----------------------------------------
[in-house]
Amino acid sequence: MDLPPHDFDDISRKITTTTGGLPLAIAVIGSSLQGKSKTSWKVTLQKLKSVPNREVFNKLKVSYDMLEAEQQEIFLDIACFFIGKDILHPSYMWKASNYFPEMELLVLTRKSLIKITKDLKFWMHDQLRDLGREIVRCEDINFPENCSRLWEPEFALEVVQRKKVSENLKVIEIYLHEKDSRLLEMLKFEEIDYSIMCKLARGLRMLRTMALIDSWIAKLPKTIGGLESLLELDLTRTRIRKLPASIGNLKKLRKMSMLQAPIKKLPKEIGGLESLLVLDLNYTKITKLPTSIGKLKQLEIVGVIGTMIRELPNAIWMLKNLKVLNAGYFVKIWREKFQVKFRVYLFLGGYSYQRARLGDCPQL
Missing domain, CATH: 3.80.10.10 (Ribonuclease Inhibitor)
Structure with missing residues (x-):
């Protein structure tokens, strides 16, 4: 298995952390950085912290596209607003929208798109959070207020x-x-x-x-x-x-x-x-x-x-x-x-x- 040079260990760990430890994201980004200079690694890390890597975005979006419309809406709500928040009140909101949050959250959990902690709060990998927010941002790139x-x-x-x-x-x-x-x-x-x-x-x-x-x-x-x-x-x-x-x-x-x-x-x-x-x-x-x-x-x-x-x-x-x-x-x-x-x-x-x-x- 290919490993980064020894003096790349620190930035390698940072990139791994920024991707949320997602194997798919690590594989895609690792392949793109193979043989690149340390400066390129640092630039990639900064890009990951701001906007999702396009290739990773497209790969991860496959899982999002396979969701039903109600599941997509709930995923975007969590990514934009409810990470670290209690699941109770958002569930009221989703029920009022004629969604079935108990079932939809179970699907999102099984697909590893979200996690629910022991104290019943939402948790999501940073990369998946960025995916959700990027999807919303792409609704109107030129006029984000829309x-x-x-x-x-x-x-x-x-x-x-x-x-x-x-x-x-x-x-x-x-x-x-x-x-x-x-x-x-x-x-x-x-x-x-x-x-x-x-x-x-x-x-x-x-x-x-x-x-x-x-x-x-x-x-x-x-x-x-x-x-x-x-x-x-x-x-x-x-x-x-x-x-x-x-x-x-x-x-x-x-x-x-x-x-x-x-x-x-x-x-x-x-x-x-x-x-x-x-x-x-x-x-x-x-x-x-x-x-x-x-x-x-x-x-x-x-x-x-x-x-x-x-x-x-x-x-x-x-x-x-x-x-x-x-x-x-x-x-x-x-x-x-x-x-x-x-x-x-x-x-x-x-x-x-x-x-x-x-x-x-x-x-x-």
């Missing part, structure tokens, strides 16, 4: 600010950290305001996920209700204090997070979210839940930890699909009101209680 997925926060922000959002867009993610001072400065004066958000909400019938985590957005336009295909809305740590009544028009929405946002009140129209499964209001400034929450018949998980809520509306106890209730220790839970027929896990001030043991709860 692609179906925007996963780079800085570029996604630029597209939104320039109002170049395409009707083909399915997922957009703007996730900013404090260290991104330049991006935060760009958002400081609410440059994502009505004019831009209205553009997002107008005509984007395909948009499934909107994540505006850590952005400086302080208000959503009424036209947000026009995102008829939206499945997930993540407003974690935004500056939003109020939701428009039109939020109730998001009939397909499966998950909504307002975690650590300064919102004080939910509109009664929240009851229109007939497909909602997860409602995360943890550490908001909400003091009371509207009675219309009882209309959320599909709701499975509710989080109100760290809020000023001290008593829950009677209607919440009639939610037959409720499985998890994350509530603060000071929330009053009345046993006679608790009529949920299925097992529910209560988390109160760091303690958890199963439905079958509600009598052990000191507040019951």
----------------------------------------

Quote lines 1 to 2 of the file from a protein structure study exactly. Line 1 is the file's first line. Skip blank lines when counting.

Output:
[in-house]
Amino acid sequence: MDLPPHDFDDISRKITTTTGGLPLAIAVIGSSLQGKSKTSWKVTLQKLKSVPNREVFNKLKVSYDMLEAEQQEIFLDIACFFIGKDILHPSYMWKASNYFPEMELLVLTRKSLIKITKDLKFWMHDQLRDLGREIVRCEDINFPENCSRLWEPEFALEVVQRKKVSENLKVIEIYLHEKDSRLLEMLKFEEIDYSIMCKLARGLRMLRTMALIDSWIAKLPKTIGGLESLLELDLTRTRIRKLPASIGNLKKLRKMSMLQAPIKKLPKEIGGLESLLVLDLNYTKITKLPTSIGKLKQLEIVGVIGTMIRELPNAIWMLKNLKVLNAGYFVKIWREKFQVKFRVYLFLGGYSYQRARLGDCPQL